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dc.contributor.advisorKohn, Edward P.
dc.contributor.authorAcehan, Işıl
dc.date.accessioned2016-01-08T20:05:46Z
dc.date.available2016-01-08T20:05:46Z
dc.date.issued2010
dc.identifier.urihttp://hdl.handle.net/11693/28977
dc.descriptionAnkara : The Department of History of Bilkent University, 2010.en_US
dc.descriptionThesis (Ph. D.) -- Bilkent University, 2010.en_US
dc.descriptionIncludes bibliographical references leaves 264-272.en_US
dc.description.abstractEarly twentieth-century America witnessed a large influx of immigrants largely from eastern and southern Europe as well as the Near East. The major “pull” factor stimulating the growth of migration was the rise of several American industries and a growing demand for laborers. In addition to the demand for immigrant labor, rising concern over political and economic conditions in the homeland resulted in a process of chain migration of Ottoman ethnic and religious groups from particular regions. By analyzing both “pull” and “push” factors triggering an out-migration from the Harput vilayet, as well as the migration trajectories of the Turkish immigrants, this dissertation argues that existing ethnic and social networks determined the settlement and employment patterns and inevitably affected the acculturation processes of Turkish immigrants in the United States. Specifically, this study contends that while the Turkish immigrants on the North Shore of Boston assimilated into American life, iv they also participated in the process of Turkish nation-building, maintained old home networks and transnational engagements.en_US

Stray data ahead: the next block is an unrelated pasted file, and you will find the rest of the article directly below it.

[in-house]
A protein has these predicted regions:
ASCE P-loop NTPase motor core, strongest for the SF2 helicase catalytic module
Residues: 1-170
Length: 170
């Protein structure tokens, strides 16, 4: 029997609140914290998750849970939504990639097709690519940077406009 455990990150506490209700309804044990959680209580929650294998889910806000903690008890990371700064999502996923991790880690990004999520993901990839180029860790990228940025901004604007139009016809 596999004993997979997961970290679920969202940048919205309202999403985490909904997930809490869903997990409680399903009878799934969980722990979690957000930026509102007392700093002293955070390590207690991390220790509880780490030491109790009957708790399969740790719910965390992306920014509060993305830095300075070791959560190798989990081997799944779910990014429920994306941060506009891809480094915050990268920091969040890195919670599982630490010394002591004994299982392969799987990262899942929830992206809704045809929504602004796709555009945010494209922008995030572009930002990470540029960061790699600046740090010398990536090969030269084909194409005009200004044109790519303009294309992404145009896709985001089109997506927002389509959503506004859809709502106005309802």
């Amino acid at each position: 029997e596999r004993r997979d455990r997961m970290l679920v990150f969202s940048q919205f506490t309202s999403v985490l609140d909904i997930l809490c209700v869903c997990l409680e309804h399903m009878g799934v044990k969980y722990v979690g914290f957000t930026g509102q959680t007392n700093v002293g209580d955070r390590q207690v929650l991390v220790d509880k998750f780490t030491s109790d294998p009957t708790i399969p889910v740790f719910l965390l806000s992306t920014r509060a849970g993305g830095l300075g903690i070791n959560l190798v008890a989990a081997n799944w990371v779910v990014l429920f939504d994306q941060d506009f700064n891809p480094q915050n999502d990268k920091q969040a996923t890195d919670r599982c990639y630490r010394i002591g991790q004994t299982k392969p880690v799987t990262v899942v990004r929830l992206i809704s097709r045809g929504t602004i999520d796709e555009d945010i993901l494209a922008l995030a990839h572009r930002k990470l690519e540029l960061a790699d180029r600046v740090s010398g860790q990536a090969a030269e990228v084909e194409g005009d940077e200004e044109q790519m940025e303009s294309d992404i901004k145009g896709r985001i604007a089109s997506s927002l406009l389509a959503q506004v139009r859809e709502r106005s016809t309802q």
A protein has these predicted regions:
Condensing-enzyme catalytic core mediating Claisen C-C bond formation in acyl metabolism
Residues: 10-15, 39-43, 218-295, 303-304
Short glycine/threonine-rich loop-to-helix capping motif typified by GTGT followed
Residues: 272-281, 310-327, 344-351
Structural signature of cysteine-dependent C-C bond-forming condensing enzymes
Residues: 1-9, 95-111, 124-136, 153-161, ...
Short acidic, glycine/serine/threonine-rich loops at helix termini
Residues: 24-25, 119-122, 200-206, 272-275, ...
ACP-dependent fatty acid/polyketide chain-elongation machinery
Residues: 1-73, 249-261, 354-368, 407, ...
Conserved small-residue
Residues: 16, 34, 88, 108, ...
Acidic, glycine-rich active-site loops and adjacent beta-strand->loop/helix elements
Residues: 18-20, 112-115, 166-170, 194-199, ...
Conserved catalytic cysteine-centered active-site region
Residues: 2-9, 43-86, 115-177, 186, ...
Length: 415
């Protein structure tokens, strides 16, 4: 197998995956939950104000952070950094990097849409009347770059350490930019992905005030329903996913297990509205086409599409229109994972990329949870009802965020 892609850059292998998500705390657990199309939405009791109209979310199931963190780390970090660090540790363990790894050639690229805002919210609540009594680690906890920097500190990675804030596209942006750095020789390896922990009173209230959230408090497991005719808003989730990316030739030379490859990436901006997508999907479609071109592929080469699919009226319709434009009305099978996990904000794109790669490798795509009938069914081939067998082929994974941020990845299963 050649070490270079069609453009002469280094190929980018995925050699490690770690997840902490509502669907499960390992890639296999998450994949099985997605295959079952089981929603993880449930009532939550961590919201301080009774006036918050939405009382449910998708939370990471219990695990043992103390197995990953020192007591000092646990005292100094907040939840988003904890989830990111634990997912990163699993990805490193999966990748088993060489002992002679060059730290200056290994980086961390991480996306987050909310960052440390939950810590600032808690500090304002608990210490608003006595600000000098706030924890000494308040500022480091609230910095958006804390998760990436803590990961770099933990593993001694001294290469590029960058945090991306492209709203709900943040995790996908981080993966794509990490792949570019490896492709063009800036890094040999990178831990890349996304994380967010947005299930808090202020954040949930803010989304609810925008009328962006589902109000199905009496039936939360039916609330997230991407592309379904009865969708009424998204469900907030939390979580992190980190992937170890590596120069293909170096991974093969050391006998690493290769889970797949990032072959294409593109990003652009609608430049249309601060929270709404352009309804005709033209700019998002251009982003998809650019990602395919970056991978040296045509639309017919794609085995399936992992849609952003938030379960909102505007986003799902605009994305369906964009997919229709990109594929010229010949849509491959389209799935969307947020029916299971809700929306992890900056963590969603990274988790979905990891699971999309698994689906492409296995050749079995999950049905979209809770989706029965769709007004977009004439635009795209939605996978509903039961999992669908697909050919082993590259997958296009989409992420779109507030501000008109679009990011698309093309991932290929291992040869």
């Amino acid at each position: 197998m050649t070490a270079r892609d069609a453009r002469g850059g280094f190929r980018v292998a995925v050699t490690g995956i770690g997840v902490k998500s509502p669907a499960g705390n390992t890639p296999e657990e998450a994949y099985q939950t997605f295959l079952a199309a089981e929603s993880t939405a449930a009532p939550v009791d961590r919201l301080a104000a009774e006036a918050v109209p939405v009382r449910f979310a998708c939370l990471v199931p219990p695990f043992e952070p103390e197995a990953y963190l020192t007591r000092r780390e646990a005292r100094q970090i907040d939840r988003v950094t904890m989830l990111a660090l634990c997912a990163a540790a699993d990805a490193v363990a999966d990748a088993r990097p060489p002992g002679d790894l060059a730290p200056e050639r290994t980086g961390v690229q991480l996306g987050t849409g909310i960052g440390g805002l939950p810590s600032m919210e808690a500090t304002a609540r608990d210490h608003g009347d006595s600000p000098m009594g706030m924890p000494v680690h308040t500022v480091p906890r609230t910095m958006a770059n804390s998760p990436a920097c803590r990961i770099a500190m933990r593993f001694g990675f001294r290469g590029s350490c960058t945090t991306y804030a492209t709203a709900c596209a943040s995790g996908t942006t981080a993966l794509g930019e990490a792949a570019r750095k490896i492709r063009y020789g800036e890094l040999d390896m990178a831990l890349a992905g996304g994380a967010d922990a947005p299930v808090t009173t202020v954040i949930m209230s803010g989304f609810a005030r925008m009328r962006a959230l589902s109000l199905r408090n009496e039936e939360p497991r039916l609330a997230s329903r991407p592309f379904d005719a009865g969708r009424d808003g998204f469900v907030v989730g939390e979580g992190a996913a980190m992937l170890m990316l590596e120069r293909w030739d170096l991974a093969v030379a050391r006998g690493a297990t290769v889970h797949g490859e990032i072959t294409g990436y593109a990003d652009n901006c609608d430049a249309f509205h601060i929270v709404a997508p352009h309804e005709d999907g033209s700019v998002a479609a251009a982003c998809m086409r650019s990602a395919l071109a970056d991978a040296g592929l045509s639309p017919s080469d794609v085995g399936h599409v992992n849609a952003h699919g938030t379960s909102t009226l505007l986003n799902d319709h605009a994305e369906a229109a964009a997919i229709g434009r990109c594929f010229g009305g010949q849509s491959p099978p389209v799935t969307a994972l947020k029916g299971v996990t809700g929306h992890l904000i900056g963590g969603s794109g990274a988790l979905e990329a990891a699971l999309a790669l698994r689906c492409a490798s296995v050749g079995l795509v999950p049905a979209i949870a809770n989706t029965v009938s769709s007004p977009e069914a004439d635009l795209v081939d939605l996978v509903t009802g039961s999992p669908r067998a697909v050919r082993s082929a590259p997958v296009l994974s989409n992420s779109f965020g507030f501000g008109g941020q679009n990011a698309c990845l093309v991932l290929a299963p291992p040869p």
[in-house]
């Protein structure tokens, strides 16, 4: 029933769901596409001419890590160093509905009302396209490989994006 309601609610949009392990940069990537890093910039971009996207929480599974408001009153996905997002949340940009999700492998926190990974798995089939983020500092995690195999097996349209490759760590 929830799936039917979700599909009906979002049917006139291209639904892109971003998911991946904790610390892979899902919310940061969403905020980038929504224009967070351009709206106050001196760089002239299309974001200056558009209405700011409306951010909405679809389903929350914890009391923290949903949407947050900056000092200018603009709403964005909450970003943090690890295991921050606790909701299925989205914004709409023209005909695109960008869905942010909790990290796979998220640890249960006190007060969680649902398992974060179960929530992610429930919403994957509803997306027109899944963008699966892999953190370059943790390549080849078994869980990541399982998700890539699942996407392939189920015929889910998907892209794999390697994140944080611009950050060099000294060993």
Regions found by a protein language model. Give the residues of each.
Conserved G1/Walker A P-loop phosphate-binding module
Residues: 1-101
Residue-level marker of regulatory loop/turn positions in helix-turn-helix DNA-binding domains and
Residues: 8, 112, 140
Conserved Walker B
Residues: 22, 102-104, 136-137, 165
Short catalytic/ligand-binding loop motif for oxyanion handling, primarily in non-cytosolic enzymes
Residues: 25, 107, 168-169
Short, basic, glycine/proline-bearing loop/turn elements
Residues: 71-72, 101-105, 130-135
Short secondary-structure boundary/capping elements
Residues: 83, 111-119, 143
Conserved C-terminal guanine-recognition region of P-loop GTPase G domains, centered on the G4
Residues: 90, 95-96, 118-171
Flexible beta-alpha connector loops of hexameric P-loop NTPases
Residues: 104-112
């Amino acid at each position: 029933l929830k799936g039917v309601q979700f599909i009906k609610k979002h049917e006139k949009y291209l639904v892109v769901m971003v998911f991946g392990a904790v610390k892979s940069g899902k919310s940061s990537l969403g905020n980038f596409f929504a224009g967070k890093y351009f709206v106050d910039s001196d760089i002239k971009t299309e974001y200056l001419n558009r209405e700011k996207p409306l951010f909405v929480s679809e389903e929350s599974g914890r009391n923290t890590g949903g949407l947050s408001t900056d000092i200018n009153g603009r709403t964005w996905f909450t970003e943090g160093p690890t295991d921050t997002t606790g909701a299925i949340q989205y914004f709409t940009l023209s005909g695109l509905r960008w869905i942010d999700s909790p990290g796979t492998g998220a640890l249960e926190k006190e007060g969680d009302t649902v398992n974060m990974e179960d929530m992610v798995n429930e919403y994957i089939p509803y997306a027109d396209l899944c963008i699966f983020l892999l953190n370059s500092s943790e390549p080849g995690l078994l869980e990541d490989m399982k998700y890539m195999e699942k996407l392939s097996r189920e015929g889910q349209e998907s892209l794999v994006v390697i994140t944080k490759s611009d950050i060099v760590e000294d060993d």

dc.description.statementofresponsibilityAcehan, Işılen_US
dc.format.extentxviii, 288 pages, illustrationsen_US
dc.language.isoEnglishen_US
dc.rightsinfo:eu-repo/semantics/openAccessen_US
dc.subjectUnited Statesen_US
dc.subjectOttoman Empireen_US
dc.subjectforeign relationsen_US
dc.subjectmigration/emigrationen_US
dc.subjectleather industryen_US
dc.subjecttransnationalismen_US
dc.subjectassimilationen_US
dc.subjectadaptationen_US
dc.subjectacculturationen_US
dc.subject.lccJV6465.A24 2010en_US
dc.subject.lcshMigration, internal--United States--History.en_US
dc.subject.lcshImmigrants--United States--History.en_US
dc.subject.lcshAssimilation (Sociology)--United States.en_US
dc.title"Made in Massachusetts" : converting hides and skins into leather and Turkish immigrants into industrial laborers (1860s-1920s)en_US
dc.typeThesisen_US
dc.departmentDepartment of Historyen_US
dc.publisherBilkent Universityen_US
dc.description.degreePh.D.en_US
dc.identifier.itemidB123809


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